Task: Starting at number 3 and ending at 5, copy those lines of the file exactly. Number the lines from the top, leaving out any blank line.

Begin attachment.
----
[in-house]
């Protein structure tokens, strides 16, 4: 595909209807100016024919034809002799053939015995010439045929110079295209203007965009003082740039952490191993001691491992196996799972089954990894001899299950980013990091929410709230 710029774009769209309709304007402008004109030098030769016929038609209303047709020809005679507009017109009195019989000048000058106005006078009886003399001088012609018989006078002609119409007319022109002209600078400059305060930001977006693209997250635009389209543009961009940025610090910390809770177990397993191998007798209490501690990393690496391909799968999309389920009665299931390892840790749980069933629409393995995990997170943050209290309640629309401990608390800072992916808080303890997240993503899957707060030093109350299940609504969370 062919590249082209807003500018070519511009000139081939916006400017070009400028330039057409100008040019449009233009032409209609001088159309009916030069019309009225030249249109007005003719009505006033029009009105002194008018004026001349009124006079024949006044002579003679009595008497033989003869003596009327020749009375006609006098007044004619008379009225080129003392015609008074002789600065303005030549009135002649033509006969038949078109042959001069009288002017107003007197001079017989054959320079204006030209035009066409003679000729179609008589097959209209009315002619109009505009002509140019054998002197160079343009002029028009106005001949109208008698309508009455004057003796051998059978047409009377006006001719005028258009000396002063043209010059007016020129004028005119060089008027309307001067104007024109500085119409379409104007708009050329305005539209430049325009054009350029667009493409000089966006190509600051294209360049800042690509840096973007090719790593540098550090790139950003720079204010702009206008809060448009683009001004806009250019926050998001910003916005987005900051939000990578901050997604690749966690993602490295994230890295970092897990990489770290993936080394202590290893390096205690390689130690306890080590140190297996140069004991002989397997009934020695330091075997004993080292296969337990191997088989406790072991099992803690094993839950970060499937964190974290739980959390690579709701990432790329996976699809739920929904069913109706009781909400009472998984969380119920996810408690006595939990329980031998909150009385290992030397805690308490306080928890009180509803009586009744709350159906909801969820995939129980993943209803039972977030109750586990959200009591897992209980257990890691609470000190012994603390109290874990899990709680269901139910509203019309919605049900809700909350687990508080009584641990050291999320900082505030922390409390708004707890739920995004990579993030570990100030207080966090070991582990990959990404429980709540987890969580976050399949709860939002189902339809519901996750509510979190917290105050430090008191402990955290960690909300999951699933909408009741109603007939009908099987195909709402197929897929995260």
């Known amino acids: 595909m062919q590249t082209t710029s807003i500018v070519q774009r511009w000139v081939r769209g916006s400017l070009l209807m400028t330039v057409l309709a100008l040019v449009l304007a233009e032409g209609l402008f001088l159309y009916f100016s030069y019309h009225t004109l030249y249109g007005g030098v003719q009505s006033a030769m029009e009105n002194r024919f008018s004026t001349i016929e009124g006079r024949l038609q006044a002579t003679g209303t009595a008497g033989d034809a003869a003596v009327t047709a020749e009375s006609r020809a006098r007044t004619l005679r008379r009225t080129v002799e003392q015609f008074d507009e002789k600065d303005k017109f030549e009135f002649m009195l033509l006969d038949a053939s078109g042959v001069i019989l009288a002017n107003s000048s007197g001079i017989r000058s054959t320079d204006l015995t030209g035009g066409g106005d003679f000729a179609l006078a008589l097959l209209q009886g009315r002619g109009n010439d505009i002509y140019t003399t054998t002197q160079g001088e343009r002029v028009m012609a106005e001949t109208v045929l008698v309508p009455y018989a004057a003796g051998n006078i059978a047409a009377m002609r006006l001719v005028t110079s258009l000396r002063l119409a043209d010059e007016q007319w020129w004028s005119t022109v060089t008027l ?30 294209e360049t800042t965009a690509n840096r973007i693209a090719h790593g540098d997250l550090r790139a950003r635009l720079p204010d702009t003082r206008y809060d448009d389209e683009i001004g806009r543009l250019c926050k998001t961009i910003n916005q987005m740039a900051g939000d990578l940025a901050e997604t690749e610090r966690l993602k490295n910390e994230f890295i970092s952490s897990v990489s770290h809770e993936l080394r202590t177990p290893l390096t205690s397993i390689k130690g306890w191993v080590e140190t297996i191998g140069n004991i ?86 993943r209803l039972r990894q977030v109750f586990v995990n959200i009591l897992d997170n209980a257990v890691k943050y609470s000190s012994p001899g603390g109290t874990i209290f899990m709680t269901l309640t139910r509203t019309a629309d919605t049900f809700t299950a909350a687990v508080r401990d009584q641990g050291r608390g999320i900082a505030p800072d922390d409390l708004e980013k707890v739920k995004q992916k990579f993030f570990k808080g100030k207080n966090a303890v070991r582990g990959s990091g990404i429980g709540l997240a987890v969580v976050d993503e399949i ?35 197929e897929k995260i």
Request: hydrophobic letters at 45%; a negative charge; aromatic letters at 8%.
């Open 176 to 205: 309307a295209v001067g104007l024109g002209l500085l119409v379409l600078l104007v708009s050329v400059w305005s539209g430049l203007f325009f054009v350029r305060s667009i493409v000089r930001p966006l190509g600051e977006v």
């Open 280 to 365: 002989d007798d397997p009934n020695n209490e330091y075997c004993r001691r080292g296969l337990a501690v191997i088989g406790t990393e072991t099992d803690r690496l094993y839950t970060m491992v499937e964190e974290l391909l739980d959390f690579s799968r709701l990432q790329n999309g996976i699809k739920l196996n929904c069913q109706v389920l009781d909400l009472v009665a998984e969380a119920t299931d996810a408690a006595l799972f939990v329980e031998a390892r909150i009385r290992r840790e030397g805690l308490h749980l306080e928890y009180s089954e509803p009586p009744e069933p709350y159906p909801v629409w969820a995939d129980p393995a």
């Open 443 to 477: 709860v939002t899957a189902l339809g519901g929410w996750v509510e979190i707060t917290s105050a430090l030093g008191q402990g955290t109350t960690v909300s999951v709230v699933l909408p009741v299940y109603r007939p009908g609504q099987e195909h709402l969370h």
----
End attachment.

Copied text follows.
């Known amino acids: 595909m062919q590249t082209t710029s807003i500018v070519q774009r511009w000139v081939r769209g916006s400017l070009l209807m400028t330039v057409l309709a100008l040019v449009l304007a233009e032409g209609l402008f001088l159309y009916f100016s030069y019309h009225t004109l030249y249109g007005g030098v003719q009505s006033a030769m029009e009105n002194r024919f008018s004026t001349i016929e009124g006079r024949l038609q006044a002579t003679g209303t009595a008497g033989d034809a003869a003596v009327t047709a020749e009375s006609r020809a006098r007044t004619l005679r008379r009225t080129v002799e003392q015609f008074d507009e002789k600065d303005k017109f030549e009135f002649m009195l033509l006969d038949a053939s078109g042959v001069i019989l009288a002017n107003s000048s007197g001079i017989r000058s054959t320079d204006l015995t030209g035009g066409g106005d003679f000729a179609l006078a008589l097959l209209q009886g009315r002619g109009n010439d505009i002509y140019t003399t054998t002197q160079g001088e343009r002029v028009m012609a106005e001949t109208v045929l008698v309508p009455y018989a004057a003796g051998n006078i059978a047409a009377m002609r006006l001719v005028t110079s258009l000396r002063l119409a043209d010059e007016q007319w020129w004028s005119t022109v060089t008027l ?30 294209e360049t800042t965009a690509n840096r973007i693209a090719h790593g540098d997250l550090r790139a950003r635009l720079p204010d702009t003082r206008y809060d448009d389209e683009i001004g806009r543009l250019c926050k998001t961009i910003n916005q987005m740039a900051g939000d990578l940025a901050e997604t690749e610090r966690l993602k490295n910390e994230f890295i970092s952490s897990v990489s770290h809770e993936l080394r202590t177990p290893l390096t205690s397993i390689k130690g306890w191993v080590e140190t297996i191998g140069n004991i ?86 993943r209803l039972r990894q977030v109750f586990v995990n959200i009591l897992d997170n209980a257990v890691k943050y609470s000190s012994p001899g603390g109290t874990i209290f899990m709680t269901l309640t139910r509203t019309a629309d919605t049900f809700t299950a909350a687990v508080r401990d009584q641990g050291r608390g999320i900082a505030p800072d922390d409390l708004e980013k707890v739920k995004q992916k990579f993030f570990k808080g100030k207080n966090a303890v070991r582990g990959s990091g990404i429980g709540l997240a987890v969580v976050d993503e399949i ?35 197929e897929k995260i």
Request: hydrophobic letters at 45%; a negative charge; aromatic letters at 8%.
């Open 176 to 205: 309307a295209v001067g104007l024109g002209l500085l119409v379409l600078l104007v708009s050329v400059w305005s539209g430049l203007f325009f054009v350029r305060s667009i493409v000089r930001p966006l190509g600051e977006v």